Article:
He led me down the hall, past the old man and his vacuum cleaner and through a door that opened into a wooden building that looked like an oversized version of a roadside farm stand. Fresh vegetables were arranged in shining displays that filled the front half of the building, while various arts and crafts that the residents made during the winter tool up shelve room in the back corner. After unlocking the front entrance and inspecting the vegetables for signs of rot, Miyazaki-san sat himself down at a small desk and produced a plastic pail for me to sit on.

And so we sat. Apparently the stress of dealing with me had put my companion in no mood for conversation. Miyazaki-san gave no sign that he was aware of my presence, but I knew that if I tried to leave the building he would be watching me like a sumo wrestler watches his dinner.

Customers trickled in and out, none of them paying me the slightest attention. Miyazaki-san carefully wrote down their purchases in an old fashioned ledger, depositing the bills and change in a wooden cash box. For the first hour I prayed that no one I knew would come into the shop, and for the next two hours I prayed that someone would. There was nothing to do but look at the vegetables and think.

As far as I could tell, the entire Central Sorachi Institute for the Mentally Disabled was an entirely self contained organization. The residents were the administrators, workers and trainers, as Miyazaki-san was demonstrating. Although responsibility and funding must have been organized somewhere in the vast recesses of Japanese bureaucracy, if the thriving vegetable gardens and spotless interiors were any indication, the residents were doing a perfectly fine job managing things by themselves.

In One Flew Over the Cuckoos Nest, patients at a mental hospital in America are kept neutered, stripped of their independence, judged utterly incapable of the simplest act of self-responsibility. Hints of self-assertion are medicated and belittled until the men conform to the staff’s vision of dependent infantilism. Miyazaki-san, the vacuum pusher and the weather debaters were clearly handicapped, but were given responsibility for their own affairs and maintained a functional community they could take pride in. I was reminded of elementary school children making sure their classmates are sitting up straight at the start of a lesson while the teacher sits quietly in the back of the room. Japan is a country that puts great emphasis on conformity and self-responsibility, but I am continually surprised by how little authority figures force their wishes on subordinates. For most Japanese, the urge to conform, to be a productive member of the community is an internal impulse. I wondered how long Americans – disabled or not – could be left unsupervised in the vegetable market without a tomato fight breaking out.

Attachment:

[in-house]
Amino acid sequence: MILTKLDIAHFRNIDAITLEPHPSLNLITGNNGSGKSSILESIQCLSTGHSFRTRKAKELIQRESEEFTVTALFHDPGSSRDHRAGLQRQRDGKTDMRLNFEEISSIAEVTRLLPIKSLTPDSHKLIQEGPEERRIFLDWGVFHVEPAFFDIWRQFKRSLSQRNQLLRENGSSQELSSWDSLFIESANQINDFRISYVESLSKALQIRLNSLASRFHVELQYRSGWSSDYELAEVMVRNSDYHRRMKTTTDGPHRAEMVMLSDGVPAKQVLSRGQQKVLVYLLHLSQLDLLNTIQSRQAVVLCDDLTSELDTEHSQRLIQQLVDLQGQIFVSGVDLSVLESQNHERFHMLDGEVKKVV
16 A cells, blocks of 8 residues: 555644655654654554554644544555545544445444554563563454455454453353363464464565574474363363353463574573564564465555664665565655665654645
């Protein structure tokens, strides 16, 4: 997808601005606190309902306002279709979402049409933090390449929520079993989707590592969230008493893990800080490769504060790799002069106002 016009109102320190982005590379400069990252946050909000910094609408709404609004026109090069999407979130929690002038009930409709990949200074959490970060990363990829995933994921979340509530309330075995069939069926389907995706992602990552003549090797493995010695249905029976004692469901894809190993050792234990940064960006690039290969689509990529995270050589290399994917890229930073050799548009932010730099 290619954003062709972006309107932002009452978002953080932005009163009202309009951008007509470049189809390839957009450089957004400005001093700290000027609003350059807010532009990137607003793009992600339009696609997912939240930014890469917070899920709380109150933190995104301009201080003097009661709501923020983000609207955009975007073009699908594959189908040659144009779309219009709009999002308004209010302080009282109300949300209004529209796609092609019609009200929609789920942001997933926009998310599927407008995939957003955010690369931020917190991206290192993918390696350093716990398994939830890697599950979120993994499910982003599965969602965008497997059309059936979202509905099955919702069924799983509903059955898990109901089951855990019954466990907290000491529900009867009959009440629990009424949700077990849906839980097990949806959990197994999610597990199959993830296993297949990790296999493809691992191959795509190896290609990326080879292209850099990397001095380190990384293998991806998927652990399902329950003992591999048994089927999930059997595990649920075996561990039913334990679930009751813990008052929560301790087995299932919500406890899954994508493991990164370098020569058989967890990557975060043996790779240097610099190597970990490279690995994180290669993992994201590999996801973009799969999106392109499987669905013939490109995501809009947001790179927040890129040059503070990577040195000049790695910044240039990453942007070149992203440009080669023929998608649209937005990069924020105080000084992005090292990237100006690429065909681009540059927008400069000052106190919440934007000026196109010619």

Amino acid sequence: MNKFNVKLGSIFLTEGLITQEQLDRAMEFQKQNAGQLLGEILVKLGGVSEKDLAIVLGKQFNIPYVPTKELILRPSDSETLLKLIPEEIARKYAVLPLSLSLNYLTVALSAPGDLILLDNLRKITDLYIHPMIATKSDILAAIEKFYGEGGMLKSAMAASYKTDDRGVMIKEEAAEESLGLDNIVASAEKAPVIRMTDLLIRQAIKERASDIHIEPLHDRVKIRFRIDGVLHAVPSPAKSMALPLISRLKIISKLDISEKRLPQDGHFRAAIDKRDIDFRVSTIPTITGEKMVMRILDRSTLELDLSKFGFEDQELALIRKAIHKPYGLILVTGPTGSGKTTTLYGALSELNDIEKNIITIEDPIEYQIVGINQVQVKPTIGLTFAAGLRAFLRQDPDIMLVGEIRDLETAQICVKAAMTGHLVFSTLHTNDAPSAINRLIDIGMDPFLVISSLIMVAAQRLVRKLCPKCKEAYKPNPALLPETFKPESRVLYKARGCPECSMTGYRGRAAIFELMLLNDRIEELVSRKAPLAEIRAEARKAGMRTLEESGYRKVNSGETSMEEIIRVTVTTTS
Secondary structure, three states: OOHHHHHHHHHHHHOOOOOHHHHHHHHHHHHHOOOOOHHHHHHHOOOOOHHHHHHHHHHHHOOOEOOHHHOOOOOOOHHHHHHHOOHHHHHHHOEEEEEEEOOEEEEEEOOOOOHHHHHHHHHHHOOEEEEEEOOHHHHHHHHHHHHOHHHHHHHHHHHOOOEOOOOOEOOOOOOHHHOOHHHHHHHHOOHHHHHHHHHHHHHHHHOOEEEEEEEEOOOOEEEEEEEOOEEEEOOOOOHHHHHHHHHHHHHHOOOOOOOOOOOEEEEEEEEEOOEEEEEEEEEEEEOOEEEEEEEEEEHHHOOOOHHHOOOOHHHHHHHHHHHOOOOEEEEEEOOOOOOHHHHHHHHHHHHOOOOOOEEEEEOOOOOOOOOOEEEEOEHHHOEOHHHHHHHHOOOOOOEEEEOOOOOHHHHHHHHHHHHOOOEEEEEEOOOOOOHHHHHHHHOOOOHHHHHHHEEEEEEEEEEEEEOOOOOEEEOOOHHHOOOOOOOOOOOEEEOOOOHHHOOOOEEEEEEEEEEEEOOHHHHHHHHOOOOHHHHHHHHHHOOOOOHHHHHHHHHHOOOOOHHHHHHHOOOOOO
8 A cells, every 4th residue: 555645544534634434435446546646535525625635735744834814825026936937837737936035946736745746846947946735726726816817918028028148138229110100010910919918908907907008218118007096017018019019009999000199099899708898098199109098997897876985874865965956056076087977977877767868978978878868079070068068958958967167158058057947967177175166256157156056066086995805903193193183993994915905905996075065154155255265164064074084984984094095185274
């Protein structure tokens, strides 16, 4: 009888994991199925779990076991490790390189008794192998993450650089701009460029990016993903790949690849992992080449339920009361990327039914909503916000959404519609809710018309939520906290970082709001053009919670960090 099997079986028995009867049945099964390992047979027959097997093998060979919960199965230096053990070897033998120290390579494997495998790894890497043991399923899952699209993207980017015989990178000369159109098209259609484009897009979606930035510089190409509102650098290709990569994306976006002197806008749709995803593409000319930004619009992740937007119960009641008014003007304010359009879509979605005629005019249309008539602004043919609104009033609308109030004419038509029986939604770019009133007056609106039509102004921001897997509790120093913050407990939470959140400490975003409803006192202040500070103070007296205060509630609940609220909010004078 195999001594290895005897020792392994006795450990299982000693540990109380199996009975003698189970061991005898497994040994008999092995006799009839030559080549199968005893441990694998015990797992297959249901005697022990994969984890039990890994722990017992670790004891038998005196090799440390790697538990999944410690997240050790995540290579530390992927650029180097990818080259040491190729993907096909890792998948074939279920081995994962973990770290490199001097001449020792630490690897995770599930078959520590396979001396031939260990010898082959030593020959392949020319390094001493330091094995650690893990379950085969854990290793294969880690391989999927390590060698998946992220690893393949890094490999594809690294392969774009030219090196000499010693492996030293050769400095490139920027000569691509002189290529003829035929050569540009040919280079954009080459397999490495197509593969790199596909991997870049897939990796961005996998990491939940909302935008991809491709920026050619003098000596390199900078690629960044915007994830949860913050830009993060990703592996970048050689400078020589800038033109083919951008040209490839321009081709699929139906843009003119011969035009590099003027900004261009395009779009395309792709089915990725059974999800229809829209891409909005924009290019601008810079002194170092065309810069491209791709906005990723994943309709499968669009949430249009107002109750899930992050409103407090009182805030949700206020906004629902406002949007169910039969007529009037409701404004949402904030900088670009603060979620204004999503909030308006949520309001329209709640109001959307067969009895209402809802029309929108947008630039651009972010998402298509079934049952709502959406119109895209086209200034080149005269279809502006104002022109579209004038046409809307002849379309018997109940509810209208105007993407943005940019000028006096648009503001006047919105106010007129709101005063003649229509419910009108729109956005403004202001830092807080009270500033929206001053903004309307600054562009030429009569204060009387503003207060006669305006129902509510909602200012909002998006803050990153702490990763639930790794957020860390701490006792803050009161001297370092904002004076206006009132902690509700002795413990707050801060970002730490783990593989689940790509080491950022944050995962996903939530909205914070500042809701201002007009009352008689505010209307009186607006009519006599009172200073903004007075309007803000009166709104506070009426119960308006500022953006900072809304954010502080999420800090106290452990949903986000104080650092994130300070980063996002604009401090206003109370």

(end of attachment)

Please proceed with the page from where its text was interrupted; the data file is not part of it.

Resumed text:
The minutes ticked by while I mused about Japanese cultural tendencies, but after three hours of sitting on my stool next to the silent Miyazaki-san I decided enough was enough. “Excuse me,” I said, smiling nervously and standing up. “I’m leaving. I’m going home. I’m very sorry. Thank you for everything.”

Miyazaki-san’s eyes bulged. “At six!” he said. “Six o clock is the time to go home.”

I started for the door. He jumped from his desk and ran in front of me, highly agitated. It wasn’t possible. I couldn’t just walk away in front of his eyes as long as Miyazaki-san saw me as his responsibility. Subterfuge was in order.

“Oh, “I said laughing. I didn’t mean that I’m going home. I have to use the bathroom. I’ll be right back!”
“It’s this way,” said Miyazaki-san suspiciously, heading for door to the main building. “I’ll show you.”
“But who will watch the store?” I asked innocently. “What if customers come and no one is here?”
Miyazaki-san was uncertain. “You can go at lunch time. One hour.”
“I’m so sorry, it’s urgent,” I said, plumbing the depths of my Japanese ability. “I’ll be right back.”
“To the left,” said Miyazaki-san. “Don’t get lost.”

I took a deep breath and surveyed the main hall. The white haired man was asleep in a chair next to his vacuum, but otherwise the room was empty. Tip toeing hurriedly to the entrance way, I pulled on my shoes, peeked outside and ran for the bus stop, doubled over like a soldier under enemy fire trying to make it into the next trench.

After half an hour of hiding in the little shed ready to run if Miyazaki-san came looking for me, an empty bus pulled around the corner. The same driver welcomed me aboard, his face still a mask of politeness, and the two of us rolled up the valley into Utashinai.


Anonymous Anonymous said...

Wow Tim, what a story, what an adventure......

1:40 PM